Classic Car Adventures features nine other rallies throughout the year, including single-day free events, across Canada and the United States, with 60 or fewer entry spaces per event. “We’re all about getting people to use their collector cars,” says Hord. (


“We wanted a space to celebrate 1980s and ’90s cars,” says Radwood founder Art Cervantes, “and every car show in California was all metal bumpers or modern supercars.” Inspired by the Goodwood Revival’s period- correct automobiles, attire, and entertainment, Cervantes and his fellow dudes developed an event to celebrate all things radical—specifically, any car from 1980 to 1999. “I love this era. Eighties cars were from my formative years,” says Cervantes, “while the ’90s cars were ones that I couldn’t afford in high school.” The first event, held in 2017 in Cervantes’s hometown of San Francisco, offered 400 spots, first come, first serve. They sold out immediately.

Since then, Radwood has grown into an international phenomenon by tapping into show-goers’ nostalgia, which has always gone beyond cars. In addition to the usual rows of bodacious rides—MR2s, Beats, Countaches, 944s, R5s, Testarossas—Cervantes and his crew booked famous rappers, held extreme sports exhibitions, and handed out awards for best attire. To manage the behemoth, which quickly became a full-fledged brand with global reach, Cervantes left his software job in Silicon Valley. In 2019, the event came full circle, as Cervantes puts it, when Radwood held its first show across the pond at the Goodwood Revival. (

Gambler 500

The Gambler 500 first grew legs in 2014 when a group of friends organized a 500-mile waypoint rally in impractical $500 cars, from Portland to Bend, Oregon, and back, on rutted two tracks and soggy service roads. Over suds at a local bar that doubled as a finish line, scores were tabulated for the 10 teams. By year three, word-of-mouth popularity had tripled the car count. “I remember thinking 30 was enough cars,” says founder Tate Morgan. Then one of their YouTube videos featuring a lifted Miata, airborne stock sedans, and other off-road buffoonery broke the internet, netting some 4 million Facebook views in a couple of days. The following year, 860 cars rolled into Portland.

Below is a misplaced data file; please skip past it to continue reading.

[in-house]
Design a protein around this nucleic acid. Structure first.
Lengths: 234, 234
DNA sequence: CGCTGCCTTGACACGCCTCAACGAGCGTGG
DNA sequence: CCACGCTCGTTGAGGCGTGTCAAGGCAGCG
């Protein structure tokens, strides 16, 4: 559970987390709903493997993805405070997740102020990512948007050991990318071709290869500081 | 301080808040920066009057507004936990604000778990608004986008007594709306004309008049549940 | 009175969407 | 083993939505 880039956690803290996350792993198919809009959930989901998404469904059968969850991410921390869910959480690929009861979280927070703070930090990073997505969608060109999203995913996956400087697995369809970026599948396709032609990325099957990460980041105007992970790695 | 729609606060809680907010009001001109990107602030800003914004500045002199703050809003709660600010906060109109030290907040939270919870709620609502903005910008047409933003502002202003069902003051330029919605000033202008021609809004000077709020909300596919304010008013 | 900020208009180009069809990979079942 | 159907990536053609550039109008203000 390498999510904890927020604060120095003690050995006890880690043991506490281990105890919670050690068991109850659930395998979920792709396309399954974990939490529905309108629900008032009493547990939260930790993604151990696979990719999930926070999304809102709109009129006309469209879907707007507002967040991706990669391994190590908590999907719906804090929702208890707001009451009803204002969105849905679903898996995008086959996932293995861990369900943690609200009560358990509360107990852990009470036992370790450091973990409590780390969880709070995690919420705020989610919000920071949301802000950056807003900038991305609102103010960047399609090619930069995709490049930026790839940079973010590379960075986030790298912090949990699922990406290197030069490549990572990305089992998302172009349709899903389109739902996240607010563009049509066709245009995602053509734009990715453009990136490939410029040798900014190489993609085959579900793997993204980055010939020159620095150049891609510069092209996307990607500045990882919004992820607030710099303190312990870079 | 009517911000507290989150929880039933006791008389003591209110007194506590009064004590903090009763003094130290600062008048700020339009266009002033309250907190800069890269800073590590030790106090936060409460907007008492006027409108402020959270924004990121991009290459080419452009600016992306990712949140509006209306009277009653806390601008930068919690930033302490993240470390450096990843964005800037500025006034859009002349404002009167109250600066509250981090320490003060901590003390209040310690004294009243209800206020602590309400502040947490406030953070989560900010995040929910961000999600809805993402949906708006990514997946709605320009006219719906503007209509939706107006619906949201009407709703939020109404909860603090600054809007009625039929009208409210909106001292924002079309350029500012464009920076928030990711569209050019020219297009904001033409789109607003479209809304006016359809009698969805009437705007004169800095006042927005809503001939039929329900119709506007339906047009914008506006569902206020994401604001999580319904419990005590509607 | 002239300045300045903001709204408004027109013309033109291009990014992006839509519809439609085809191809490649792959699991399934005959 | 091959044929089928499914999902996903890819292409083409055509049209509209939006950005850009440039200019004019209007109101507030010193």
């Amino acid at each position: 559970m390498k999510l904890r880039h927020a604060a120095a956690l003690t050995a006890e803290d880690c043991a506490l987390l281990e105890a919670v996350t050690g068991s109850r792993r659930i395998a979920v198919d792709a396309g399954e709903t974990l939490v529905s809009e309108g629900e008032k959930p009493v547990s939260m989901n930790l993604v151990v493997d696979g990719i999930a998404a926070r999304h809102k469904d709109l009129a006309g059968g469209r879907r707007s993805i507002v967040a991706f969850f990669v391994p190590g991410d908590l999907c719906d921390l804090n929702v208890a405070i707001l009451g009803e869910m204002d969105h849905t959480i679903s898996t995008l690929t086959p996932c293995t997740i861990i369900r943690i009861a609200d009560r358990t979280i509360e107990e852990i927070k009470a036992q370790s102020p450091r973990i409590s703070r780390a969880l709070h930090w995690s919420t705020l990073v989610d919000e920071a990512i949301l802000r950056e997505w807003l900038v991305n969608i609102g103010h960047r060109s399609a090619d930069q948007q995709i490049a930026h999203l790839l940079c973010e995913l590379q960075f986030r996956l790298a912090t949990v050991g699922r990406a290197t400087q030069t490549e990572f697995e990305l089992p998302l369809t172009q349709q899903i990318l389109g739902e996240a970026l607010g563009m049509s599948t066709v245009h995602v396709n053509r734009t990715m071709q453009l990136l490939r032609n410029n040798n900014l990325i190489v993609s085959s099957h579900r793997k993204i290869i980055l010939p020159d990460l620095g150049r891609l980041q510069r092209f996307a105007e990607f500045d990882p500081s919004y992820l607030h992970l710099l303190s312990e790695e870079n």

The Gambler has since morphed into a segment with many ancillary projects, including the Sons of Smokey, the world’s largest public land cleanup task force. The original race, which now takes place during the annual Gamblertown festival, welcomes over 3000 off-roaders every summer, despite the event’s intentionally ill- defined parameters. “We use how vague we are as a qualifier,” says Morgan. “If you can’t figure out how to get on board through our sh*tty website, you probably don’t belong in a $500 car in the middle of the desert.” And according to Morgan, they only have two rules: “1) Don’t be a dick. 2) Fun is greater than rules.”

As focus has shifted away from the actual waypoint rush, Morgan and his fellow Gamblers have removed any type of gatekeeping, including the original $500 maximum vehicle purchase price. Rusty Porsches, scrubby Geo Metros, retired limousines—it’s all fair game at the Gambler. (

Caffeine and Octane

Since the first cars and coffee, held in the shadow of Orange County’s Crystal Cove Mall back in 2003, nearly every local car club has hosted its own version of the informal morning meet-up. Most are held in parking lots and most start and end before noon. None, however, is as large as Atlanta’s Caffeine and Octane.

The first Sunday of every month, in the parking lot of Perimeter Mall in Dunwoody, Georgia, more than 3000 cars park cheek-to-jowl, drawing more than 15,000 spectators. “The cars and the people are so diverse,” says event owner Bruce Piefke. “People who wouldn’t even make eye contact on an airplane become friends at a Caffeine and Octane.” Piefke has built on the idea of an informal gathering to include food trucks, marque-specific lots, and event awards.

Regulars make the trek from neighboring cities—Charlotte, Birmingham, Savannah—to display their rides. In fact, Piefke and his crew witnessed so many people coming from out of town (even as far away as Australia) to check out the event that they purchased Lanier Race-way, an oval track across the street from Road Atlanta, with plans to turn that into Caffeine and Octane Raceplex. “The racetrack, plus the 60 acres that come with it, will create a destination for enthusiasts,” says Piefke. If it’s anything like Caffeine and Octane in Dunwoody, it will be larger than life. (

Hagerty Festival of the Unexceptional

Since 2009, Concours d’Lemons has been the counterpunch to snobbish golf course car shows. It has given participants a place to show their rolling eye-sores and revel in the odd and obscure, with honors like Soul-Sucking Japanese Appliance, Unmitigated Gaul Award, and Worst in Show.